A study by Glynn and co-workers of the babies of 29 Californian women who were exposed to an earthquake during their pregnancy showed them to have been born at an early gestation, while another study by Engel and co-workers showed that pregnant women who either lived in close proximity to or escaped from one of the towers involved in the September 11 disaster delivered their infants at later dates than normally expected. Interestingly, these effects of stress during pregnancy are not merely limited to birth outcomes when babies of rodents and rhesus monkeys were exposed to laboratory induced stressors during pregnancy, they showed deficits in motor development, learning and exploratory behaviour and were unable to cope effectively in stressful situations.

Human inquiries undertaken by a variety of research groups in the U.S.A, U.K. and the Netherlands initially showed anxiety and depression during pregnancy to be associated with adverse birth outcomes, difficult temperament, emotional and behavioural problems and even attention deficit symptoms in their infants. Impairments in cognition such as learning and language abilities were soon added to the spectrum, and some studies even demonstrated that these effects persist into adolescence. Recently, a study from researchers at Cardiff University and King’s College London showed that adolescent children of mothers who were depressed during pregnancy were 6 times more likely to commit acts of violence, display antisocial behaviour and be arrested. This was found to be independent of their family and social environment. These are just examples of the many research projects undertaken to prove the adverse effects of prenatal stress on child development.

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Interestingly however, findings from studies conducted by DiPetro and colleagues at Johns Hopkins University, U.S.A have shown that mild to moderate amounts of psychological stress during pregnancy can benefit child development. Though these positive effects observed in infant cognition and behaviour are modest, they are consistent findings. Moreover this study presents a convincing argument against the accepted norm that prenatal psychological distress poses a significant threat to child development.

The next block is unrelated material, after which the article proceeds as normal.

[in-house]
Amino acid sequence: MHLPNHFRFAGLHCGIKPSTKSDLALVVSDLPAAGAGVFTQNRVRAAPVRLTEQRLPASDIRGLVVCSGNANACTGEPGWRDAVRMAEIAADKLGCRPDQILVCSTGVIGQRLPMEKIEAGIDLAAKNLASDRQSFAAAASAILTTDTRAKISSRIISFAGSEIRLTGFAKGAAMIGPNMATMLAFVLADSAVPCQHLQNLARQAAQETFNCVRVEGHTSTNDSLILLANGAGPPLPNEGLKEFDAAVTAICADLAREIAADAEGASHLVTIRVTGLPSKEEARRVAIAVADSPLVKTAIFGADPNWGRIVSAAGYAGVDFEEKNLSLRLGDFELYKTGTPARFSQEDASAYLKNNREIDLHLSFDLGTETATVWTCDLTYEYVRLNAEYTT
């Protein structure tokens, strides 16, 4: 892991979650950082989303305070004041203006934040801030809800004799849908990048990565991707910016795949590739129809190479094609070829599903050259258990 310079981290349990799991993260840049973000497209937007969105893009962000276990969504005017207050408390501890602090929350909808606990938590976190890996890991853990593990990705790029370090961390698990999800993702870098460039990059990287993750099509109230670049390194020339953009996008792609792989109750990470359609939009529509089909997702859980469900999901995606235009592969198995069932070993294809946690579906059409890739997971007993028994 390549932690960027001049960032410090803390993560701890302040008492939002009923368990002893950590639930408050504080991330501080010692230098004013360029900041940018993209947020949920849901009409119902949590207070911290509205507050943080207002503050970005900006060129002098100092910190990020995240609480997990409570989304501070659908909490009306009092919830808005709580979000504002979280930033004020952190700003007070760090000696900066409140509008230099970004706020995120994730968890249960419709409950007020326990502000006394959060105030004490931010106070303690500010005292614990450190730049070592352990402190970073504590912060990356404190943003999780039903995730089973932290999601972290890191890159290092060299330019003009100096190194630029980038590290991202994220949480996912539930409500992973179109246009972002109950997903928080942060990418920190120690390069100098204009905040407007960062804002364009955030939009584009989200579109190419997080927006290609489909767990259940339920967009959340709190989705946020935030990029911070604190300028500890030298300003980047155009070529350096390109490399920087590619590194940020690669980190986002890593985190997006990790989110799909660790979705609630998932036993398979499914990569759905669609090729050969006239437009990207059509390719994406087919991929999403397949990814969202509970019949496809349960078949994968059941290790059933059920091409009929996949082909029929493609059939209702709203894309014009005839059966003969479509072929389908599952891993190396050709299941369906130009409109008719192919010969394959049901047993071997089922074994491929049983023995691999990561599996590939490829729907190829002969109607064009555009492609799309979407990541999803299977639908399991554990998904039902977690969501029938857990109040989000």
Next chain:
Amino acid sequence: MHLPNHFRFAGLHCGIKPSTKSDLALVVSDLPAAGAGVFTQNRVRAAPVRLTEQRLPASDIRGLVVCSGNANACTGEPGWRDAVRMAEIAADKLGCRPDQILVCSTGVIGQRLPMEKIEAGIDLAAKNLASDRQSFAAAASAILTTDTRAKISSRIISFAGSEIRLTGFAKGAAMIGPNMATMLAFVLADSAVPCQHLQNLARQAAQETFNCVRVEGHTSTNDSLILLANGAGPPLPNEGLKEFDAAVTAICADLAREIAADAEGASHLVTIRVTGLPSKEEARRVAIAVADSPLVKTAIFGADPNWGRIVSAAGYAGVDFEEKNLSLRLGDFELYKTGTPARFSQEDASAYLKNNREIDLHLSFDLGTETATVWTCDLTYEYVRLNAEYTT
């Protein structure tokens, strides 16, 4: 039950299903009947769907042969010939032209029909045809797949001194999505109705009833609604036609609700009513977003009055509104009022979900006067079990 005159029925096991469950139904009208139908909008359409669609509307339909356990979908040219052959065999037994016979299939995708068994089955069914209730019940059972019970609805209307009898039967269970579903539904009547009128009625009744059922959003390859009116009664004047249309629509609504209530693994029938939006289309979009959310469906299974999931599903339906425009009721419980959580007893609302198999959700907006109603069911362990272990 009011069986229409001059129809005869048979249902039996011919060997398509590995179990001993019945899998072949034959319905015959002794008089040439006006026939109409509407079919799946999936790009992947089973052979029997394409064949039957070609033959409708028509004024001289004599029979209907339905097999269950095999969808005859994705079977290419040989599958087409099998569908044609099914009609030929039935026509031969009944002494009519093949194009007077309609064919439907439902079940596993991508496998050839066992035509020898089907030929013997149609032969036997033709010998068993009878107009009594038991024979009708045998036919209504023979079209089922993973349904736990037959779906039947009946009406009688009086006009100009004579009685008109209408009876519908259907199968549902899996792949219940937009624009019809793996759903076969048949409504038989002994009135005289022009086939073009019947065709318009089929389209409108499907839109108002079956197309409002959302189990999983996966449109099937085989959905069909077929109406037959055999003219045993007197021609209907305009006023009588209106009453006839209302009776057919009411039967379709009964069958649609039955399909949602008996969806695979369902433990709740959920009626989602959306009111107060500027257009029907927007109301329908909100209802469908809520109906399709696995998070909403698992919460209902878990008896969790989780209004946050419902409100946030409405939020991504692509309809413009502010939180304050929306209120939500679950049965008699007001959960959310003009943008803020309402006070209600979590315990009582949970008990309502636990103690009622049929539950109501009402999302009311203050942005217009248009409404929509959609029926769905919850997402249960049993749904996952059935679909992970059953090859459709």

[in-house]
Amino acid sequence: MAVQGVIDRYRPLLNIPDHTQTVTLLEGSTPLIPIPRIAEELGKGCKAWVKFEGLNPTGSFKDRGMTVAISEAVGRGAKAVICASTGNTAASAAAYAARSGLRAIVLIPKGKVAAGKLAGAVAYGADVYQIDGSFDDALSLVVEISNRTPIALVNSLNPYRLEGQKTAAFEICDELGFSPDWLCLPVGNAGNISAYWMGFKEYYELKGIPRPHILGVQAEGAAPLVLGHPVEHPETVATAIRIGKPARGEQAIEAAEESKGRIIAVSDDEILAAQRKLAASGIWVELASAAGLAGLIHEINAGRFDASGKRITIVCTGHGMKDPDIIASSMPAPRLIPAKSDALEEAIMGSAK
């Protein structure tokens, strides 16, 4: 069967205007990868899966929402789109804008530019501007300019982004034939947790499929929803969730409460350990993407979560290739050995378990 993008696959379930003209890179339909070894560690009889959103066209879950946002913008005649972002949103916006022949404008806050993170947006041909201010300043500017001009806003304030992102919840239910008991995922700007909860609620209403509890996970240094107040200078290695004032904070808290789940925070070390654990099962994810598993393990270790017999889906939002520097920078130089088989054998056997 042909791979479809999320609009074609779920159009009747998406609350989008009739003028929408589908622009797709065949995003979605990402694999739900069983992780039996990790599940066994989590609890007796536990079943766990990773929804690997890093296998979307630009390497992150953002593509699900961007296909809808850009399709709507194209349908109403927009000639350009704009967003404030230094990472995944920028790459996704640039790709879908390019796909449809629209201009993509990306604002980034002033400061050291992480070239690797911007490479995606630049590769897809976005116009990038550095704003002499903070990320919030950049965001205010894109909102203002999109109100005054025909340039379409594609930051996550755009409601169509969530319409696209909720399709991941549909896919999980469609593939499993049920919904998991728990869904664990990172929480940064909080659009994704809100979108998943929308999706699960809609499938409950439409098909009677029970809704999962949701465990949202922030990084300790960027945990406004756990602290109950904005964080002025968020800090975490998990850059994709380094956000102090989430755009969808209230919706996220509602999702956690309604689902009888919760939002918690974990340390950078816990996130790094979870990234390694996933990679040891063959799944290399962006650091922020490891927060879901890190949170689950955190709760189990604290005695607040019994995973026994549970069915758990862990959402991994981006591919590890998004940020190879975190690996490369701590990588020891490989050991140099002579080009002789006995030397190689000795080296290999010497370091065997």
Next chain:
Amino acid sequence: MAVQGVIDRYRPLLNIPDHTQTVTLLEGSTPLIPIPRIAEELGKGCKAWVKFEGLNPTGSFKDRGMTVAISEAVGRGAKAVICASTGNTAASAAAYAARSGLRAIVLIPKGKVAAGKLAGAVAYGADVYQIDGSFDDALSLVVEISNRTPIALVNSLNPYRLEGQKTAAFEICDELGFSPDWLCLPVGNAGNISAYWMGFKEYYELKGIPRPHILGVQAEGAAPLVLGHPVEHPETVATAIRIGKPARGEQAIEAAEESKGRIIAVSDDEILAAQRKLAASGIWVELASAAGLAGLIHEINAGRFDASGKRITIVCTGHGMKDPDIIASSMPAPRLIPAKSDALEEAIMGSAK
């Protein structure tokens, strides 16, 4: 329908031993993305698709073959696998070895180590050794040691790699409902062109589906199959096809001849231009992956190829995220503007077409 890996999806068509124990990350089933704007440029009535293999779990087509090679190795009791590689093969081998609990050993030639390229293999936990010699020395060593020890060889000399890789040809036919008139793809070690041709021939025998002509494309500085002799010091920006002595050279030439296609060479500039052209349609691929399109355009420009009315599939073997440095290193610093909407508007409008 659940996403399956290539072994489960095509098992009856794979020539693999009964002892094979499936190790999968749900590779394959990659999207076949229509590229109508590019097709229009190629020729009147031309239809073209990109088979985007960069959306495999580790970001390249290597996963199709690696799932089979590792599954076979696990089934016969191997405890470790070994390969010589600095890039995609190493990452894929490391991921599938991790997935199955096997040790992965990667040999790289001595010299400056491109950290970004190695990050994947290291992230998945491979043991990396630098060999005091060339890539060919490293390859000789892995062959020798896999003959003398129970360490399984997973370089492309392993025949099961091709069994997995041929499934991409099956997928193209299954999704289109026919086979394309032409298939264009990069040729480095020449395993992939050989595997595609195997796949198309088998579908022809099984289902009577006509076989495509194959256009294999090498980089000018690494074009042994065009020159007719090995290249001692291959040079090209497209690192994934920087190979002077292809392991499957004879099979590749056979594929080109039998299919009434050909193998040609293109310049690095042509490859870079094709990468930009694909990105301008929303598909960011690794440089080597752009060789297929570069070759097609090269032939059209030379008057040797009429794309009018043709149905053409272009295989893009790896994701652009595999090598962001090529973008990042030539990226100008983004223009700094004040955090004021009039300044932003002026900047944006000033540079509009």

So how much of our life is decided from foetal origins? The ‘thrifty phenotype’ hypothesis proposed by Prof. D. J. P. Barker , seeks to explain the developmental origins of health and disease. It predicts that restrictions on the growth of the foetus within the womb are responsible for a higher incidence of heart disease and type 2 diabetes. It has been seen that in response to under-nutrition during foetal growth permanent metabolic and endocrine changes occur which will be beneficial if nutrition remains scarce after birth. But if after birth nutrition becomes plentiful then these changes predispose to obesity and impaired glucose tolerance. Simply put, the evolutionary purpose of this response is to prepare the developing offspring for the particular environment in which it will find itself after birth.

It is interesting to note however that all these studies on foetal and infant development have originated in the western world, where high levels of nutrition, education and socio-economic well being are seen in the study participants and where, more importantly, only 11% of all annual global pregnancies occur. The remaining 89% of global pregnancies occur in the developing world which amount to 146 million births annually.

To bridge this divide, Dr. Michelle Fernandes, a D.Phil. candidate at the Department of Psychiatry, University of Oxford, designed the Solur Mother and Baby Project. This study was carried out in Solur, a village in rural South India (60 miles from the city of Bangalore) in collaboration with St. John’s Medical College Hospital, Bangalore and Snehalaya Hospital, Solur. The study runs in three phases – a prenatal, birth and postnatal phase. With both the nature and magnitude of psychosocial stressors being different from those of the western world, Dr. Fernandes is currently investigating foetal heart rate patterns, birth outcomes and, infant growth, temperament and stress responsivity. In other words, she is studying the effects of prenatal stress on the neurobiobehavorial development of children thus establishing a study which is first of it’s kind in Asia.

It is studies like these that demonstrate just how much is decided before we are born. And more so, they reveal the urgent need for reduction of psychiatric morbidity in current populations, not only for the sake of those affected now, but also for the sake of the generations to come.
DiPietro, J., Novak, M., Costigan, K., Atella, L., & Reusing, S. (2006). Maternal Psychological Distress During Pregnancy in Relation to Child Development at Age Two Child Development, 77 (3), 573-587 DOI: 10.1111/j.1467-8624.2006.00891.x

Also published at Matter Scientific, Cherwell’s Science Blog.